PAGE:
Solid state disks and memory sticks.
Flash NAND based media is a non-volatile storage device. Flash-based storage media is found in camera memory cards, USB pen drives, camcorders, mobile phones, dictaphones, tablets like the iPad, and solid-state hard disk drives.
As the cost per gigabyte decreases they are becoming increasingly popular as storage devices where hard disk drives would be used. The most significant difference between flash NAND technology and hard disk technology is that the former does not have any mechanical components.
Here we have two images of flash-based media with their outer packaging removed:
Processor / controller chip failure
The SSD and memory sticks that CDR – Manchester Data Recovery Services – receives in for recovery usually relate to a failure of the controller chip. This is the component that allows the storage device to interact with the computer and control the way data is distributed through the flash nand chips. The controller converts requests for logical sectors (LBA values) into the physical locations on the actual flash memory chips. It also contains a wear levelling algorithm which extends the working lifetime of the device.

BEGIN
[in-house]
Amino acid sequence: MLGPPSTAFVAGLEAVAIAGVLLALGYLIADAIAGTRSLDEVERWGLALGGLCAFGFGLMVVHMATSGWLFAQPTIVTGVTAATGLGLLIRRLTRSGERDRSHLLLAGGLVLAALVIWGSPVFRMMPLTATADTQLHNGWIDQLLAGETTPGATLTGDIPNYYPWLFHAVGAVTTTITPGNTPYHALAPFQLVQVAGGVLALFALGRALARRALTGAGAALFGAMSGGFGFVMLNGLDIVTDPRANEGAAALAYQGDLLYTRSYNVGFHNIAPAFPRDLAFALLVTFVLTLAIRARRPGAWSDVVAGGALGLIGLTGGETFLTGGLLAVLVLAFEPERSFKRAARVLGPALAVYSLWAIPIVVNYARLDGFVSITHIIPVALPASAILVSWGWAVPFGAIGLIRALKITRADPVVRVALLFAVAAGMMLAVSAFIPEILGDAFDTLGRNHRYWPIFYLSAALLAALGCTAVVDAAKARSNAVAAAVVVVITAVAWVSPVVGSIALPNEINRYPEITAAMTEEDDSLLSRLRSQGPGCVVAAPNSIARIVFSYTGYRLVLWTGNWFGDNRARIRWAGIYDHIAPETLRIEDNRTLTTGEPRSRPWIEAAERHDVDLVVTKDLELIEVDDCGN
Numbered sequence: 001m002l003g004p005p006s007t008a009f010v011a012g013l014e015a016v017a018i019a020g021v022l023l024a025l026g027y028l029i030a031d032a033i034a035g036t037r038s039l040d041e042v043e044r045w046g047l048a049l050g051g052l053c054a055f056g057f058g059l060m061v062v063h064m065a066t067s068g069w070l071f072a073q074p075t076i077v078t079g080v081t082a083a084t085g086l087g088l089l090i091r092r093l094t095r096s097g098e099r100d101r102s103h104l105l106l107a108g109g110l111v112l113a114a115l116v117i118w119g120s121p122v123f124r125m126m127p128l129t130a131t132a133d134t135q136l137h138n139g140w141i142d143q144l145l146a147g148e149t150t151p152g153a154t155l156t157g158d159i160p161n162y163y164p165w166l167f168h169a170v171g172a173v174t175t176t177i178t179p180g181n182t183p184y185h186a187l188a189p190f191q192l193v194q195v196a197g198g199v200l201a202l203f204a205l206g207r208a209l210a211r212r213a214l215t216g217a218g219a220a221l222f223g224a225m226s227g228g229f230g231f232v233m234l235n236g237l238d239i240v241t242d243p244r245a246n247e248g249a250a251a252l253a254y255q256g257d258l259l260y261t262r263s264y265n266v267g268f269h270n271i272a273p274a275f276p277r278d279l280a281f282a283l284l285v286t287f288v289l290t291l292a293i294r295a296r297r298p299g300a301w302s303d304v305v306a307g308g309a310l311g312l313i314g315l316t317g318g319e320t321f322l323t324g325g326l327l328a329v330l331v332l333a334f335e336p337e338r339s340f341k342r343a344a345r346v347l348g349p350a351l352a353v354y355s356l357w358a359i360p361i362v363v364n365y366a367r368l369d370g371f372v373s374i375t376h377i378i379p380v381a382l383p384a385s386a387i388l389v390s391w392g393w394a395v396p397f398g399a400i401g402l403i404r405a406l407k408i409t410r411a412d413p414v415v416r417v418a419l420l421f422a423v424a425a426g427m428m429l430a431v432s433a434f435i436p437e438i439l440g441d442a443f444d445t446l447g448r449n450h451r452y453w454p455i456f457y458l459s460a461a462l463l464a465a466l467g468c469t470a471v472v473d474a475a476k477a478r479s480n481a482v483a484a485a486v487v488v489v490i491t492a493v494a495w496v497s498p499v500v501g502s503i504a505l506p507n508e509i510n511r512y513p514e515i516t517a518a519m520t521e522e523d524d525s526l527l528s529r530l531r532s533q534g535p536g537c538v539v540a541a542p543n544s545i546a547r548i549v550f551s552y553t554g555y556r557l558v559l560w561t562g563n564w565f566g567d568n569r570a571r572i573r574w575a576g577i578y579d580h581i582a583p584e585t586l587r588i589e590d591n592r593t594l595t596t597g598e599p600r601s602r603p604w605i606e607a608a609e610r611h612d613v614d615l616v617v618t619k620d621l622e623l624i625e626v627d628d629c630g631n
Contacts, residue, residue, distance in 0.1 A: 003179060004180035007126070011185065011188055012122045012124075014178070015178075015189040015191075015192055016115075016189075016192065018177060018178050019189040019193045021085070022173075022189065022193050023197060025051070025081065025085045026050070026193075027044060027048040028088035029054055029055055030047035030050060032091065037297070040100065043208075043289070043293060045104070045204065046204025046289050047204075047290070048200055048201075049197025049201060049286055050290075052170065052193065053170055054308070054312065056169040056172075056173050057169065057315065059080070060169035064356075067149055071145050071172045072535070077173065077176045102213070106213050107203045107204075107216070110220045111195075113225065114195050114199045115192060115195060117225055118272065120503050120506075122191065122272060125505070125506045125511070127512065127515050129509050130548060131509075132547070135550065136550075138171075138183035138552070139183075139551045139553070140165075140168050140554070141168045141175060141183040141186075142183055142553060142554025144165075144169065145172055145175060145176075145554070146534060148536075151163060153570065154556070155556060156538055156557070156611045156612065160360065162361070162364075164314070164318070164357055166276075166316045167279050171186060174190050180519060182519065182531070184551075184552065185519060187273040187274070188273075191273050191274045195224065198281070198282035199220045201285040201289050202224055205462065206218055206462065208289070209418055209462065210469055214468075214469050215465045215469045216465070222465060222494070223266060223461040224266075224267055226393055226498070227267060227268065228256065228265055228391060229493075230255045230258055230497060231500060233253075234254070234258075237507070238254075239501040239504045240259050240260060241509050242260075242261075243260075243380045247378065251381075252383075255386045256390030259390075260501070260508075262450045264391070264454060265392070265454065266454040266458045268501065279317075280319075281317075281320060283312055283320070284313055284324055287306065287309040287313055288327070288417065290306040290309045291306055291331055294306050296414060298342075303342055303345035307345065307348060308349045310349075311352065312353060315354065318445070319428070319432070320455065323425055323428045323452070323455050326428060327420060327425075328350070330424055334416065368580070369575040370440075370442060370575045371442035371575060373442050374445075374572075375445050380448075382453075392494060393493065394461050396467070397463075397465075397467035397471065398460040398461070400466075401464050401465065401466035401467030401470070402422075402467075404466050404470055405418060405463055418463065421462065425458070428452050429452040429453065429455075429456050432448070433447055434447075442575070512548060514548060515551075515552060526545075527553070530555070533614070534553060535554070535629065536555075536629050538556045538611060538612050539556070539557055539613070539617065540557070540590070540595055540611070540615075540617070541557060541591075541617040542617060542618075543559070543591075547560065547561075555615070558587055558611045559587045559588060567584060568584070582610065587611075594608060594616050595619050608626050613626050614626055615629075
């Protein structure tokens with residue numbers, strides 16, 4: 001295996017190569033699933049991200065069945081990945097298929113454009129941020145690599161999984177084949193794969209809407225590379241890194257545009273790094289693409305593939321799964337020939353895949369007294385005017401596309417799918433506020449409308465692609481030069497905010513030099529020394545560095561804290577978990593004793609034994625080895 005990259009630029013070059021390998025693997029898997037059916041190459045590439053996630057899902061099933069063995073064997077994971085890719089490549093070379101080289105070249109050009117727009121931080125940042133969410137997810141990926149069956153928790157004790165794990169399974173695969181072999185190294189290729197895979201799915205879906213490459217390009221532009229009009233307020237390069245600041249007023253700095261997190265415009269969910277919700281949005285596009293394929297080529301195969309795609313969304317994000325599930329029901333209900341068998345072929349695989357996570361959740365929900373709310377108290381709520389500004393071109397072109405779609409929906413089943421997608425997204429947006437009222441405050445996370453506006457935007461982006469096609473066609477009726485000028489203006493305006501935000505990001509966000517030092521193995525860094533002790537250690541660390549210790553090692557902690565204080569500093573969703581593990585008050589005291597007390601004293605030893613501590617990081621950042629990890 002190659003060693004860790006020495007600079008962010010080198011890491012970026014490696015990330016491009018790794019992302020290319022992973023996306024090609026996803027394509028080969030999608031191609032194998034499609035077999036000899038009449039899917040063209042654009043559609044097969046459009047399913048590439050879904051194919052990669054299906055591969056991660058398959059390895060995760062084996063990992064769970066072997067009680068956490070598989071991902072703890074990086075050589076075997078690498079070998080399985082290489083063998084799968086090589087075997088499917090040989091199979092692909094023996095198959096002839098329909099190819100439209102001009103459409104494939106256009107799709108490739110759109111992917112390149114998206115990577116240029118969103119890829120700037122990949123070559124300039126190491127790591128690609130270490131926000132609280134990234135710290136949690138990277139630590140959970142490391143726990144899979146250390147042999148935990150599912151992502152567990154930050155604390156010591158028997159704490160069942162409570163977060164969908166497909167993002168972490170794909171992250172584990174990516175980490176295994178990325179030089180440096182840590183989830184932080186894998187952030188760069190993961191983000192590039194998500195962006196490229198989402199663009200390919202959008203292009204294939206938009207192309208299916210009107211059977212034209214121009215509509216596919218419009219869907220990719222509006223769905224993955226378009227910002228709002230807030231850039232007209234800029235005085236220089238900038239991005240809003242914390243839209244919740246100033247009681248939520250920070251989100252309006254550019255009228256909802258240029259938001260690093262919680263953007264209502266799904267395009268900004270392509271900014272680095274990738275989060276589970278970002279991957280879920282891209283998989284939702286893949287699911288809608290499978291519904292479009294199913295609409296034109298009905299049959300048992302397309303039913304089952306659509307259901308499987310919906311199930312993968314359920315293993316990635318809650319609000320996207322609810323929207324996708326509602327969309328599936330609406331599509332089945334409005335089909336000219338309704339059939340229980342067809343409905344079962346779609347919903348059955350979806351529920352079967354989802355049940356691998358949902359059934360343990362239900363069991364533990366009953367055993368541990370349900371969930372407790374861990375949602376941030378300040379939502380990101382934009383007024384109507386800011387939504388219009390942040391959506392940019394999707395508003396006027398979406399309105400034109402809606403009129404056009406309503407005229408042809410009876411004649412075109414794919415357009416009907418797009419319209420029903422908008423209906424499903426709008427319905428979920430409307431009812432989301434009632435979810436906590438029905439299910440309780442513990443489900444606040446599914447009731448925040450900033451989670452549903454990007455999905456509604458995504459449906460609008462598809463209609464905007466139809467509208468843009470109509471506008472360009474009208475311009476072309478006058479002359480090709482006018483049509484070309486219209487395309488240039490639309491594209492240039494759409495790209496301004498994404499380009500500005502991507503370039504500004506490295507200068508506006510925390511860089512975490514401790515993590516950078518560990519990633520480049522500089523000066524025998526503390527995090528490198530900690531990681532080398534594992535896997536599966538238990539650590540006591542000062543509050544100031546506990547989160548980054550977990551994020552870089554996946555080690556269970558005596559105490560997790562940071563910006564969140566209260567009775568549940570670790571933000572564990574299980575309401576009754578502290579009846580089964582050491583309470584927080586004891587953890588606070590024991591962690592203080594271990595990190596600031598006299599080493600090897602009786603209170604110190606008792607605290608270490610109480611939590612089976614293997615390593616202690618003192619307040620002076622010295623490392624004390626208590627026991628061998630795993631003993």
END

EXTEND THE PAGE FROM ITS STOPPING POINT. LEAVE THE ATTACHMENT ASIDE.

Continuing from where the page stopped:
When a controller chip fails one of the most challenging aspects is calculating where data is spread through the flash chip. Data is not recorded in a simple linear fashion. The controller chip is designed to increase the performance which means spreading data through multiple locations to allow, rather than having required data in sequential blocks. As such recovery of data from these devices can be extremely challenging.
For further reading please see this thorough introduction to Flash NAND media.